How blocking an enzyme involved in protein digestion could improve metabolic health

An image of human cells to illustrate metabolic health

Blocking an enzyme involved in protein digestion could improve metabolic health, according to a new study.

The study is titled “Intestinal serine protease inhibition increases FGF21 and improves metabolism in obese mice” and is published in the American Physiological Society. It describes how blocking trypsin, the primary enzyme for digesting protein in the digestive tract, may improve metabolic health in rats.

The drugs that block the protein digestion by trypsin are called serine protease inhibitors. In rats, the study found that they:

  • Reduce weight gain;
  • High blood sugar; and
  • High cholesterol.

However, the process in which serine protease inhibitors improve metabolic health is not well understood.

Improving the metabolic health of mice

On overweight mice, the researchers found that one week of treatment with serine protease inhibitors reduced the amount of food they ate and led to weight loss, better blood sugar levels, and improved liver function, compared to animals that were just given the same reduced amount of food. This suggests that other factors as well as caloric restriction contributed to the improved metabolic health.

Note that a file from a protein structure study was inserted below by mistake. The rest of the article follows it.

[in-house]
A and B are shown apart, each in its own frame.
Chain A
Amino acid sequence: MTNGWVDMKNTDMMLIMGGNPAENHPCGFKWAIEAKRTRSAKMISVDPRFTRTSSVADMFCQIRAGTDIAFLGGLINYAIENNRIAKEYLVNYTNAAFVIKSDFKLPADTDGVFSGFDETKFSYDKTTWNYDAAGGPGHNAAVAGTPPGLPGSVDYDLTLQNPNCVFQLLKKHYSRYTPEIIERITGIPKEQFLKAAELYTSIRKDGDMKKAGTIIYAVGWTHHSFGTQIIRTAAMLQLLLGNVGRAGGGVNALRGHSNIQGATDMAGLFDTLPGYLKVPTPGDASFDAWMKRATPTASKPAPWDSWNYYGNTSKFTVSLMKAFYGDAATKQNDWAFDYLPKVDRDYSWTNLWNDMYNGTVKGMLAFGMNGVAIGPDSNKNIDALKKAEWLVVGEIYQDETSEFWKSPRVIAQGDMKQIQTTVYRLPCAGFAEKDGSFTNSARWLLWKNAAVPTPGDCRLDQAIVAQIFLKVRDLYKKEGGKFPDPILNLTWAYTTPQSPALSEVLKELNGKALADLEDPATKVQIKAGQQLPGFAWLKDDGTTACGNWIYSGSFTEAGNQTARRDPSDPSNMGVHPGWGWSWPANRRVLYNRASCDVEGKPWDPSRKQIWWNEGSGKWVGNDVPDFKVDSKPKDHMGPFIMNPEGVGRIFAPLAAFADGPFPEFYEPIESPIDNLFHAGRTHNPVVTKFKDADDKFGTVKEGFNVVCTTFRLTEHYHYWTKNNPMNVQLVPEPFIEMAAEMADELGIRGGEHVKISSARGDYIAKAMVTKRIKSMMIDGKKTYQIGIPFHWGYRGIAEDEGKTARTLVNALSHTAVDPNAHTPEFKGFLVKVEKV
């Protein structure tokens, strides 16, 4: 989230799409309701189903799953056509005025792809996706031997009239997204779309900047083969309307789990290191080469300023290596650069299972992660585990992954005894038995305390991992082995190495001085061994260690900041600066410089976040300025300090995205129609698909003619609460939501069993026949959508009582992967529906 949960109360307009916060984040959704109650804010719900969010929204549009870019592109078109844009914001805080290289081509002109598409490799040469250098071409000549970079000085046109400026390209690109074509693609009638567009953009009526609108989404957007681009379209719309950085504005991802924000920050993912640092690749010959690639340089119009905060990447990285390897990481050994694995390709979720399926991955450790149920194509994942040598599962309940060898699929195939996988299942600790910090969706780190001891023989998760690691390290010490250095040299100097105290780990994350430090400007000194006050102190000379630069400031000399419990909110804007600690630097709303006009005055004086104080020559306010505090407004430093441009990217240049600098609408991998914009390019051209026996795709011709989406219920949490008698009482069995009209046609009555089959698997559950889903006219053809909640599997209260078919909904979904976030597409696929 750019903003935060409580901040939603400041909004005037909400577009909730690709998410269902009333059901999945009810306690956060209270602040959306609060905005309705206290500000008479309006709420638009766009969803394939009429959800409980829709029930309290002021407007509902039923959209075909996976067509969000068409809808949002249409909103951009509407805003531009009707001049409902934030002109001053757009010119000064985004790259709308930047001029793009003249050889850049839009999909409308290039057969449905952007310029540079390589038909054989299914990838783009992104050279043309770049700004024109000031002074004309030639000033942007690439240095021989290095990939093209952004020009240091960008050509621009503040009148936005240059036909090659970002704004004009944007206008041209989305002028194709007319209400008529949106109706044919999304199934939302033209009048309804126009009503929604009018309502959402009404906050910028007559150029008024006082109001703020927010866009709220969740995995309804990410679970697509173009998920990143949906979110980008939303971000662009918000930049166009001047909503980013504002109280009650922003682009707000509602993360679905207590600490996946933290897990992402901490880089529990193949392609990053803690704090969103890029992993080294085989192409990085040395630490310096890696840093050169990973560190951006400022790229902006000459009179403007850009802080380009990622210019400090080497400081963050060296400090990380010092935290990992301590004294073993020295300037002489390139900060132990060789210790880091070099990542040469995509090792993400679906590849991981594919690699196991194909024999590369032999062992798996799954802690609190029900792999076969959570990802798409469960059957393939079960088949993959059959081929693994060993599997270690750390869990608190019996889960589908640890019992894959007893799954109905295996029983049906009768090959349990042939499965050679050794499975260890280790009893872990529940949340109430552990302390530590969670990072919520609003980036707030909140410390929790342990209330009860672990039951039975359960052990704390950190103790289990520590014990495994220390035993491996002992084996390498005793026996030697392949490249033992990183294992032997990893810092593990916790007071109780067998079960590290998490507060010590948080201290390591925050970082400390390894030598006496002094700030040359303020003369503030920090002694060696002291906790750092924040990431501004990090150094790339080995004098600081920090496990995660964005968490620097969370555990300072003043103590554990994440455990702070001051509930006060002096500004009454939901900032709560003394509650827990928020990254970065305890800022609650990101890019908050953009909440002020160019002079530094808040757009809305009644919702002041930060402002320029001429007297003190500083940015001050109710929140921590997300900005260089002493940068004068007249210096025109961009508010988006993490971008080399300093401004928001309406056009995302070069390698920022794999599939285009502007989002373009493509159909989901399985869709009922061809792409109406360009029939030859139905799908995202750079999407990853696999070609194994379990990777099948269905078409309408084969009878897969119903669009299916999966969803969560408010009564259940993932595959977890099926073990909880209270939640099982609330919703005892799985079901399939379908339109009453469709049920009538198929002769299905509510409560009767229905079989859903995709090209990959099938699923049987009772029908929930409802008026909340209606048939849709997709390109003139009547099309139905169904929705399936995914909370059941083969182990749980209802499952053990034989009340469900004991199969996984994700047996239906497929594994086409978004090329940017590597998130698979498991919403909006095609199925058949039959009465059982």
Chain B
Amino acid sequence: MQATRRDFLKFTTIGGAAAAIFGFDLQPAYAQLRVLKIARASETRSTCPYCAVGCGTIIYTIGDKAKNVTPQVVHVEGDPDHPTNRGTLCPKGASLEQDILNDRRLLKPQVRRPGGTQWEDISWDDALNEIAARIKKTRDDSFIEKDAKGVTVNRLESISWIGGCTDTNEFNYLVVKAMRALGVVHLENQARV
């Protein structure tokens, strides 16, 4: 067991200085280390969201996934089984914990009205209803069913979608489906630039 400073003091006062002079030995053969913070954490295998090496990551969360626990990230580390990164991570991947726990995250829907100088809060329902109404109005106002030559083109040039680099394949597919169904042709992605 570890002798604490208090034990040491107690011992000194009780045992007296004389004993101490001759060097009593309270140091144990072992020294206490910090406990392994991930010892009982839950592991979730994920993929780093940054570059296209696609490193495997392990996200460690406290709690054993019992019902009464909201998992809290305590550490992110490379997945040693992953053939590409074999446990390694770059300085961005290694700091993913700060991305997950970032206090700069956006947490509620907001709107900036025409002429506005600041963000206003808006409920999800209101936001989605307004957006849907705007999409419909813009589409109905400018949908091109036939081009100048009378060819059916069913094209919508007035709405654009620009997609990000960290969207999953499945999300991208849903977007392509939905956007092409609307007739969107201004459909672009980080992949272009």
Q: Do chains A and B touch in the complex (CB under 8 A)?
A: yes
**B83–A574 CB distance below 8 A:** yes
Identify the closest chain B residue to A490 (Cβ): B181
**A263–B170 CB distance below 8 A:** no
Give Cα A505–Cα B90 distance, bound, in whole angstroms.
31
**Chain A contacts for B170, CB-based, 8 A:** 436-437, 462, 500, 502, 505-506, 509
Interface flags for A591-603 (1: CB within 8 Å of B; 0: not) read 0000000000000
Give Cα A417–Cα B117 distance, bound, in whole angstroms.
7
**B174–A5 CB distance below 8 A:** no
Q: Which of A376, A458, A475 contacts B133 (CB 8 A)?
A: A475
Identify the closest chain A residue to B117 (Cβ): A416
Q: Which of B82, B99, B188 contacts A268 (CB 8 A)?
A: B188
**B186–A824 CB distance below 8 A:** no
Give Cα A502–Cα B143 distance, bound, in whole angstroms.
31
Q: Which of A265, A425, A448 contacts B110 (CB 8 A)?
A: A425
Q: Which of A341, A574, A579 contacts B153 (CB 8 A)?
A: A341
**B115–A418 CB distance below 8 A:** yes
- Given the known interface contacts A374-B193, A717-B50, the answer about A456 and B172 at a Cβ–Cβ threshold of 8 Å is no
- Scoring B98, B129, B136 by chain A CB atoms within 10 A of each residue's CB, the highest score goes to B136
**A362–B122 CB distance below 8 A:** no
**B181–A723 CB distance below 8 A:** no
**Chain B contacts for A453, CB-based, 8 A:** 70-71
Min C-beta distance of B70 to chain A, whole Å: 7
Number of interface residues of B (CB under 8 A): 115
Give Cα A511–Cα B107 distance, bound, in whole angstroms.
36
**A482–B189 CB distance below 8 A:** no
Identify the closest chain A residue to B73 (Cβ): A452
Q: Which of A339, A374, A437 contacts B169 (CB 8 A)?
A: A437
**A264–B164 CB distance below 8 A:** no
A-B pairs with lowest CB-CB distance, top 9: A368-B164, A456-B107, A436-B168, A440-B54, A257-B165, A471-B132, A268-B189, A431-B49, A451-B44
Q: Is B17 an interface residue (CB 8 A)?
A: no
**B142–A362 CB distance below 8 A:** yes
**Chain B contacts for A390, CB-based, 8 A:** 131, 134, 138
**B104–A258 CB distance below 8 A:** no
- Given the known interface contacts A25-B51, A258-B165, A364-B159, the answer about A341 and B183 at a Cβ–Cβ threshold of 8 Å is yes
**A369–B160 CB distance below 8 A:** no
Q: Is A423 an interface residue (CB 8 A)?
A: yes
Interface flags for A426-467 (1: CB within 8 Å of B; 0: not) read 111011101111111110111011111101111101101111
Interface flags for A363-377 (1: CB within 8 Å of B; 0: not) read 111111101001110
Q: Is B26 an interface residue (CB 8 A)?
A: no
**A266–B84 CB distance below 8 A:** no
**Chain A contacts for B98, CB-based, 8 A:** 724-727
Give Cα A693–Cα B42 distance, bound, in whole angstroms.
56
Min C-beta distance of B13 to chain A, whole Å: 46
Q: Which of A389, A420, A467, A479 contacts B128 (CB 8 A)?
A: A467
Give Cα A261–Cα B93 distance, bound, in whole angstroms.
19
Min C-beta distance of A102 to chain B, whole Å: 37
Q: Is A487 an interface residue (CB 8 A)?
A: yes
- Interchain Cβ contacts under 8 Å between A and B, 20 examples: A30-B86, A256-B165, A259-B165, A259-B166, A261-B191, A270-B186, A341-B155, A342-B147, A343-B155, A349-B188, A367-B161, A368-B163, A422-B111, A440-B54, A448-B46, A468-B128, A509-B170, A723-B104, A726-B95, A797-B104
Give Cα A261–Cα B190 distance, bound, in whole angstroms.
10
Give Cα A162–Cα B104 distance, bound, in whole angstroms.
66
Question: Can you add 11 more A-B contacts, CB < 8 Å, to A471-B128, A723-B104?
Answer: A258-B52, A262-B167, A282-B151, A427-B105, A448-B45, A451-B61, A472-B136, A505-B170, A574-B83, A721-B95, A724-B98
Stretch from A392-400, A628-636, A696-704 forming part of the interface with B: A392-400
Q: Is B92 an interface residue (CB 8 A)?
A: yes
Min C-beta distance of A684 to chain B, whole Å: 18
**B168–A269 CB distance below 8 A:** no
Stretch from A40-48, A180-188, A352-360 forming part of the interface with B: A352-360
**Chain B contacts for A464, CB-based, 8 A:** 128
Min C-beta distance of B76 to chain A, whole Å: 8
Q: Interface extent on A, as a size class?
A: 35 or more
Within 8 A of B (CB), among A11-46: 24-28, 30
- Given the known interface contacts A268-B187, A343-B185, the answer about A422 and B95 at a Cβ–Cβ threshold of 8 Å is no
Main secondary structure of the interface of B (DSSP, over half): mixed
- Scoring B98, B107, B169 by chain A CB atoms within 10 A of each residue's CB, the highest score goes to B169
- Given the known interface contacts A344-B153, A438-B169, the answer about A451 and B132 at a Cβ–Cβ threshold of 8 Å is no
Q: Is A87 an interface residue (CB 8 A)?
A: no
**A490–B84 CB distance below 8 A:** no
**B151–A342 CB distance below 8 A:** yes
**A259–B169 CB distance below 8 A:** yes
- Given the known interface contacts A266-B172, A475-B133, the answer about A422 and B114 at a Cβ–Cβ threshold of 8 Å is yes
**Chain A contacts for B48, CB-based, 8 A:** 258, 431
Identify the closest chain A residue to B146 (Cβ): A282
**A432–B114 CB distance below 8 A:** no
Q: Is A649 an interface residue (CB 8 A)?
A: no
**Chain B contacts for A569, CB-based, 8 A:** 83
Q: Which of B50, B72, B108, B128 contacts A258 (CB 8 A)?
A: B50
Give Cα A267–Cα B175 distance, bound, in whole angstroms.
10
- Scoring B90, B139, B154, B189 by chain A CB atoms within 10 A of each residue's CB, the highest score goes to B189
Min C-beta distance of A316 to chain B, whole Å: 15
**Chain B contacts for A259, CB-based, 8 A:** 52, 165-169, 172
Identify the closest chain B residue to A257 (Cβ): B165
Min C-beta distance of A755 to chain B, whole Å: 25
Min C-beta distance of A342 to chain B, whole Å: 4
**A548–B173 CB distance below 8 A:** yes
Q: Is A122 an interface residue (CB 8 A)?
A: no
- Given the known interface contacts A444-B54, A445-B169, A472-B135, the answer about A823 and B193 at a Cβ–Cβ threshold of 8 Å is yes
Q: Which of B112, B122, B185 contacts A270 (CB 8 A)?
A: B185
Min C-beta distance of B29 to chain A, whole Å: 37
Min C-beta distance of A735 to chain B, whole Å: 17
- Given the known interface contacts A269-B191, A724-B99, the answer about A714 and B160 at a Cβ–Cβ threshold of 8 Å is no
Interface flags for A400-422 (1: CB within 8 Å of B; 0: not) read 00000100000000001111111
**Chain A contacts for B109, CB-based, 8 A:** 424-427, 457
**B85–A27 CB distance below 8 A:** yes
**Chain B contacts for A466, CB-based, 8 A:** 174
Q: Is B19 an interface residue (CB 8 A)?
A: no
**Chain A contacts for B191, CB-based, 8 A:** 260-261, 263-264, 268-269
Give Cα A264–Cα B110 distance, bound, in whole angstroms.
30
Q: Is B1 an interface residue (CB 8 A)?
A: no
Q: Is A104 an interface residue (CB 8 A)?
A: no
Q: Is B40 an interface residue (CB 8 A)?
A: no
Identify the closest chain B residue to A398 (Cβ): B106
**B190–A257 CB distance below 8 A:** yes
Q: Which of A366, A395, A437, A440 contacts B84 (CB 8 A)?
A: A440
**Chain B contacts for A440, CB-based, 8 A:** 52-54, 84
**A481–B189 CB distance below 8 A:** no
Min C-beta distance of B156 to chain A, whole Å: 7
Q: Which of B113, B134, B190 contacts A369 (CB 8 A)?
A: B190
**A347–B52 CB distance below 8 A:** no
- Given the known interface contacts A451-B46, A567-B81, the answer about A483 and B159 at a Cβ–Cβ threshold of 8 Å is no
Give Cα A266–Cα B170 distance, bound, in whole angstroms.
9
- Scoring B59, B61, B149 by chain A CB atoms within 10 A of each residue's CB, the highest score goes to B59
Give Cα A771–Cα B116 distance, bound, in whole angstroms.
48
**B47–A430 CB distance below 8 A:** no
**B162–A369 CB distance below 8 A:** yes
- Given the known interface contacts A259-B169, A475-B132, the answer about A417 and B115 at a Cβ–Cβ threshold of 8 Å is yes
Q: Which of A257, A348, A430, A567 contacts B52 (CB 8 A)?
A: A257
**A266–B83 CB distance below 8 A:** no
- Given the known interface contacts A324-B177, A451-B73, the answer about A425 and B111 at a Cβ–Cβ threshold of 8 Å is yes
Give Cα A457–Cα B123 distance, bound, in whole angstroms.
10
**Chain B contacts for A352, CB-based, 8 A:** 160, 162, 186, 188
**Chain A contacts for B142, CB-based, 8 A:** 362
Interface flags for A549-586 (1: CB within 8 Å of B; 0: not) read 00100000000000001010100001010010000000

Bloodwork performed on the mice before and after the experiment showed that the level of the hormone fibroblast growth factor 21 (FGF21), which suppresses appetite and manages metabolism, weight loss and glucose, was higher during treatment.

Additionally the study also found that drug treatment activated a signalling pathway called the integrated stress response (ISR), which also caused FGF21 levels to rise.

The integrated stress response can be triggered by a number of physiological stresses. These include protein deprivation and amino acid deprivation.

Although the protein in the mice’s diets was not restricted, the camostat tricked the mice’s bodies into thinking it was. This activated the ISR.

The importance of trypsin

The researchers concluded: “Trypsin inhibition could be a way to enhance [FGF21 production], resulting in beneficial effects.”

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